We also have, as requested, worked with them as they have gone through the various stages of getting their sovereign government up and running over the past couple of years. So that's essentially what our role is. We've been working also through Provincial Reconstruction Teams to help distribute aid to those people at the local and provincial level who are participating in local government. We also have a large role in the reconstruction program. So that's what the State Department's role in Iraq is. That's the Secretary's area of responsibility. In terms of military assessments, it will have to be the folks that have stars on their shoulders and the civilian leadership of the Pentagon to offer their military assessments of what's going on in Iraq.
QUESTION: But you couldn't give an answer to the simple question: Is the U.S. winning in Iraq?
MR. MCCORMACK: Well, you raise it in the context of what the Secretary of Defense nominee has said, and I just -- you know, I went through what I understand he has said. In response to a question he said that, you know, we are not winning but we're not losing either. And that's what General Abizaid has said. I can only go by the assessments of what our uniformed military commanders have to offer.
QUESTION: Sean, are those three areas you mentioned -- supporting Iraq's diplomacy, PRTs and reconstruction -- is that -- did that make up the review that Secretary of State Rice is --
MR. MCCORMACK: Certainly, you know, those are --
QUESTION: I mean, if that's the role of the State Department --
MR. MCCORMACK: Certainly those are areas that we look at very closely. The Secretary also, as a close advisor to the President, is going to offer her advice to the President as well as part of this -- as part of those three. I can't tell you that it's strictly limited to those three areas. But certainly those three areas are -- those are areas that we look at in terms of our area of responsibility. Are we doing everything we can? Are we doing the right things?
QUESTION: So if you're not winning and you're not losing, then what are you doing? Are you struggling to contain a conflict that could be a civil war, or what? What are you doing? What are you --
MR. MCCORMACK: Look, I'm going to let the military -- the uniformed military and the civilian leadership at DOD talk about the security situation in Iraq. You know, we're integrated with the military in terms of a variety of efforts, in terms of the PRTs and the political-military situation, working with the Iraqis as they come to the political accommodations that they need to, that are fundamental to any political system. Those bargains, whether it's the hydrocarbons law or de-Baathification or national reconciliation -- those are all things the Iraqis have to come to terms with.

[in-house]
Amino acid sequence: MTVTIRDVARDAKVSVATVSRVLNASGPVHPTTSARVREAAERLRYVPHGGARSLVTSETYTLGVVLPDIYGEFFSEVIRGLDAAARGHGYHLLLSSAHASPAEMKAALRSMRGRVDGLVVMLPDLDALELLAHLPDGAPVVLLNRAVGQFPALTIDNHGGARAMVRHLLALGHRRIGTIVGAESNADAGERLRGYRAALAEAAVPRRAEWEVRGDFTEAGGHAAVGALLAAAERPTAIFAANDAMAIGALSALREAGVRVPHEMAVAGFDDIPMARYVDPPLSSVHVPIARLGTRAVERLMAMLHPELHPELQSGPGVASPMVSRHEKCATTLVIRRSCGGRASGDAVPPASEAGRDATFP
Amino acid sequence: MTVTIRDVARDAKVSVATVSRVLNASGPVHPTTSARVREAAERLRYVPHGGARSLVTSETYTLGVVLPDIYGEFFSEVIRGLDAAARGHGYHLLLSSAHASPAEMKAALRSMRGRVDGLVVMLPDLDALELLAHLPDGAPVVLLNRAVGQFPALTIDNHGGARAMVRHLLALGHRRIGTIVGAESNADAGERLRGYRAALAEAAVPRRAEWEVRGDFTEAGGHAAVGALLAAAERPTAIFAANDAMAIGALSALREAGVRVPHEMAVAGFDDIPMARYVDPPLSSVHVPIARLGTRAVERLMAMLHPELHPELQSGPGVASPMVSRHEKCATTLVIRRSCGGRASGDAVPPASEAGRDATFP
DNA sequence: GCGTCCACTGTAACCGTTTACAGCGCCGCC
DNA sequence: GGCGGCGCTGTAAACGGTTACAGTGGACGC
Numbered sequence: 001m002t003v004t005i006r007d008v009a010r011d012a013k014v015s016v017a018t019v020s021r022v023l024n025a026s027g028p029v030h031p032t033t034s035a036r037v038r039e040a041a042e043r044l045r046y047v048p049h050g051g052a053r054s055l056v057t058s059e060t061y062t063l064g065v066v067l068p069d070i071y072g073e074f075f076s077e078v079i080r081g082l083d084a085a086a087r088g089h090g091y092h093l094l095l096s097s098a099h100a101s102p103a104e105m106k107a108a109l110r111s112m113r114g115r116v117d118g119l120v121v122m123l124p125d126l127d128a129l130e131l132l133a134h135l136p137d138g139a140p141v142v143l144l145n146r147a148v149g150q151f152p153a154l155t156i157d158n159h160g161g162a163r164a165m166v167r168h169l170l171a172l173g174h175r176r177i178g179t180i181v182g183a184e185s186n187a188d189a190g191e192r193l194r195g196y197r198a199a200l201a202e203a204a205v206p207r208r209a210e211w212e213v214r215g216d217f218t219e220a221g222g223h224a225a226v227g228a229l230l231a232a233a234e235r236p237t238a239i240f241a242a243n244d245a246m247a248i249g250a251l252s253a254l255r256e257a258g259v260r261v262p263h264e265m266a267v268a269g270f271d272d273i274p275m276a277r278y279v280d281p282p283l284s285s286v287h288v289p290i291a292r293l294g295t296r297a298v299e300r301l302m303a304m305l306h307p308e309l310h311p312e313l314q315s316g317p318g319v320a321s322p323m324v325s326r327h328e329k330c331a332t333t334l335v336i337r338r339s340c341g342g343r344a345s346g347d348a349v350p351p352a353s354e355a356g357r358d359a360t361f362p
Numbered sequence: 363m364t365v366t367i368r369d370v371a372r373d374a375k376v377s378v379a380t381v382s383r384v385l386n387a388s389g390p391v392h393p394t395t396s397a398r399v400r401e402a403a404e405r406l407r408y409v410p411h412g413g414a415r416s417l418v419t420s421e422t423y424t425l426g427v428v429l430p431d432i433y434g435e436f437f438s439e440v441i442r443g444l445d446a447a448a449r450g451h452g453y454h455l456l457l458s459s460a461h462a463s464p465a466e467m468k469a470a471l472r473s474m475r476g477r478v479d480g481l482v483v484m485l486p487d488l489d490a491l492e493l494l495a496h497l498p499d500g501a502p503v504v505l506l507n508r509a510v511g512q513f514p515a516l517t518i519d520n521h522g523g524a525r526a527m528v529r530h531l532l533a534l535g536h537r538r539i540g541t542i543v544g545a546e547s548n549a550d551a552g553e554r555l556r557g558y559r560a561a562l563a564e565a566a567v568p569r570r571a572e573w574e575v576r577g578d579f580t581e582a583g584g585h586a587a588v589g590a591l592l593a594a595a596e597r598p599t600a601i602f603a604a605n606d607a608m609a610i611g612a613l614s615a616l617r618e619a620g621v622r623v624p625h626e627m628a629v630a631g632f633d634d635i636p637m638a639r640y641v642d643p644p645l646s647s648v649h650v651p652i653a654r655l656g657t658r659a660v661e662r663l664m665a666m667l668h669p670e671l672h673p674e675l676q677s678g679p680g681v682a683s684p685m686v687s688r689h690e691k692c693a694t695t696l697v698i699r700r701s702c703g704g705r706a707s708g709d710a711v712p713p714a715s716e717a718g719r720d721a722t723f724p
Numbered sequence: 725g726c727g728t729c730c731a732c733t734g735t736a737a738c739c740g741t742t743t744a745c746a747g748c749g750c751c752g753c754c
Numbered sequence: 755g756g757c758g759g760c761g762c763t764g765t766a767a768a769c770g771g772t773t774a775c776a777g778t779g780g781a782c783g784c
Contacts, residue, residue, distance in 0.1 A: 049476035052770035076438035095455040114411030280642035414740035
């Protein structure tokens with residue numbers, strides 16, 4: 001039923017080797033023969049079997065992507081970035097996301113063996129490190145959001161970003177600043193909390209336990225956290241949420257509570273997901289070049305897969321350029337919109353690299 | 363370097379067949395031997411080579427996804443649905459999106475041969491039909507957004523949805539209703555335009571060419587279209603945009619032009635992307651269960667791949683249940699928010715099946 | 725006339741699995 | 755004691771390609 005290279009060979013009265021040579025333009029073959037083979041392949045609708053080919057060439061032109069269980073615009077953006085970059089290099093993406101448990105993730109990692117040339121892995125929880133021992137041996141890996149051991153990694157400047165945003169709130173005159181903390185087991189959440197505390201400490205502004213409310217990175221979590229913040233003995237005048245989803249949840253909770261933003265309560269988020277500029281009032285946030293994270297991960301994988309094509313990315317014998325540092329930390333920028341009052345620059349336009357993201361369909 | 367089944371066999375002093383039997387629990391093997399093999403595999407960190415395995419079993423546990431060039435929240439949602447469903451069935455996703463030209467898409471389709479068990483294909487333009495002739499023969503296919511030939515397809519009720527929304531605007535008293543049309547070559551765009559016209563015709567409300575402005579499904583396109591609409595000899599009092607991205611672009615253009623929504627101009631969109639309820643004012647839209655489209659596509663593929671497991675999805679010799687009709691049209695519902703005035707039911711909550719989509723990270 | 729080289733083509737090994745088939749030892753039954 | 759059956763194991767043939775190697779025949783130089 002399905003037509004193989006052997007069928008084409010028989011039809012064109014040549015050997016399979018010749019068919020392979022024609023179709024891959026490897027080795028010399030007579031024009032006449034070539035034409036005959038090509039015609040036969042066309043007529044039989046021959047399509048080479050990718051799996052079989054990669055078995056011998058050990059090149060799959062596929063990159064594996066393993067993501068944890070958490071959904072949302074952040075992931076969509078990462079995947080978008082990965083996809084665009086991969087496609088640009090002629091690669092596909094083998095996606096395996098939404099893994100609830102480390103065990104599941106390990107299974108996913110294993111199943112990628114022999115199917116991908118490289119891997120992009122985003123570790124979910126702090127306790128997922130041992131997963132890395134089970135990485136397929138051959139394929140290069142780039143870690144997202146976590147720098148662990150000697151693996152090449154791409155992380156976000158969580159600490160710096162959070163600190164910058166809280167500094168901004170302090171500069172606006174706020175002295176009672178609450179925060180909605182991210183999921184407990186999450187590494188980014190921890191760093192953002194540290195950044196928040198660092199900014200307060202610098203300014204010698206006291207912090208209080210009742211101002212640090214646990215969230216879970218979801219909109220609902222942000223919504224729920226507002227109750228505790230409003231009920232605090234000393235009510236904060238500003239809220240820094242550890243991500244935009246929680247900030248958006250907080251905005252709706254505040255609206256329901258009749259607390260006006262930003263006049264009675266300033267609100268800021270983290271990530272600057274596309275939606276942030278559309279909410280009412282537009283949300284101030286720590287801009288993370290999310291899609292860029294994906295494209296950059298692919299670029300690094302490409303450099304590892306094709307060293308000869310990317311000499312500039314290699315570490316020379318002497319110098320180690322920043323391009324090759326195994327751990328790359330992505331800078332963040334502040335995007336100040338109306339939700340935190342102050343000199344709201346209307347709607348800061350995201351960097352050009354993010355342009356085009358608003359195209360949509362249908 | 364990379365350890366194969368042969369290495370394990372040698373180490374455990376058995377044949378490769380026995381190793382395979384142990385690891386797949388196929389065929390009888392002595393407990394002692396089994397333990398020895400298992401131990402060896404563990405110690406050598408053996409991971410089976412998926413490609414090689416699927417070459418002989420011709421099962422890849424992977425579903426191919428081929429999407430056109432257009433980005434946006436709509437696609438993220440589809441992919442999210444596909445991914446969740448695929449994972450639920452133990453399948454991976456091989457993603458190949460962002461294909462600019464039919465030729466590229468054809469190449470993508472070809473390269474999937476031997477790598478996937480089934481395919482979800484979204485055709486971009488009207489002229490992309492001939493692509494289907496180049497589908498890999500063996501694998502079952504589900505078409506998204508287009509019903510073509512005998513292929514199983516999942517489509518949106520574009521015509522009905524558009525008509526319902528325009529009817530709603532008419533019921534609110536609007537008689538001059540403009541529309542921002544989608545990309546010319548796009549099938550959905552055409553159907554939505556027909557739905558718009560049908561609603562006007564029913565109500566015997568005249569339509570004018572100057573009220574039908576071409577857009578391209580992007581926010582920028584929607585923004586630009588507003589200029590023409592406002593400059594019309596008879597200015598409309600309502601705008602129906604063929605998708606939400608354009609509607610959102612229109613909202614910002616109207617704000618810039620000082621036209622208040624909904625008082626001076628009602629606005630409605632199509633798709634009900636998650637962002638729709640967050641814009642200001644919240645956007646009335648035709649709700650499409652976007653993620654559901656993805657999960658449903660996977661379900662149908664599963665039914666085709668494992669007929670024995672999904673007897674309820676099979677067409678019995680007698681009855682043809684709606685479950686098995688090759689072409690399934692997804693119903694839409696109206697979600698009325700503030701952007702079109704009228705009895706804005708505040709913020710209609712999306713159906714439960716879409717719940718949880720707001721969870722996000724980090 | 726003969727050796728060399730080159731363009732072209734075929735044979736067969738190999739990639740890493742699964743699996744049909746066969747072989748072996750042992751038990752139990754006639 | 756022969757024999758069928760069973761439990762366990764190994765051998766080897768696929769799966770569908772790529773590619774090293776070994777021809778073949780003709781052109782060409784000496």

Our role in the State Department is to work with them, offer our advice where it's requested, but also to help them work the diplomacy as well. For example, you have the Iraqi national compact, the international compact with Iraq. And part of that is an Iraqi bargain. Part of that is an international community bargain. So we're also trying to help in that regard. It's chaired by the Iraqis and Secretary General Annan, but we are obviously actively engaged in diplomacy to support them in that effort.
QUESTION: Back to Iran?
MR. MCCORMACK: Sure.
QUESTION: Iranian President said today in an address to the European that anything you do in international organization is some act of hostility against Iranian people. What's your reaction of that?
MR. MCCORMACK: Who said this?
QUESTION: The President of Iran, Ahmadi-Nejad. President Ahmadi-Nejad.
MR. MCCORMACK: Look, I don't know how we can make it more clear that, you know, our beef is not with the Iranian people. And when I say "our," it's the international community's; it's not just the United States. This is not a U.S.-Iran issue. This is Iran against the rest of the world.
And we have made it very clear. We don't want to in any way disadvantage or harm the interests of the Iranian people. Iran is a great culture. The Iranian people are a great people. It's unfortunate they have the leadership that they do, which is taking them in the direction of further isolating them from the rest of the world and really turning their backs on a very attractive offer. And that offer is suspend your enrichment-related programs, suspend your reprocessing programs, then you can get into negotiations at which you can talk about a whole variety of different issues if you want to bring up. It's -- the agenda is not limited to the nuclear issue.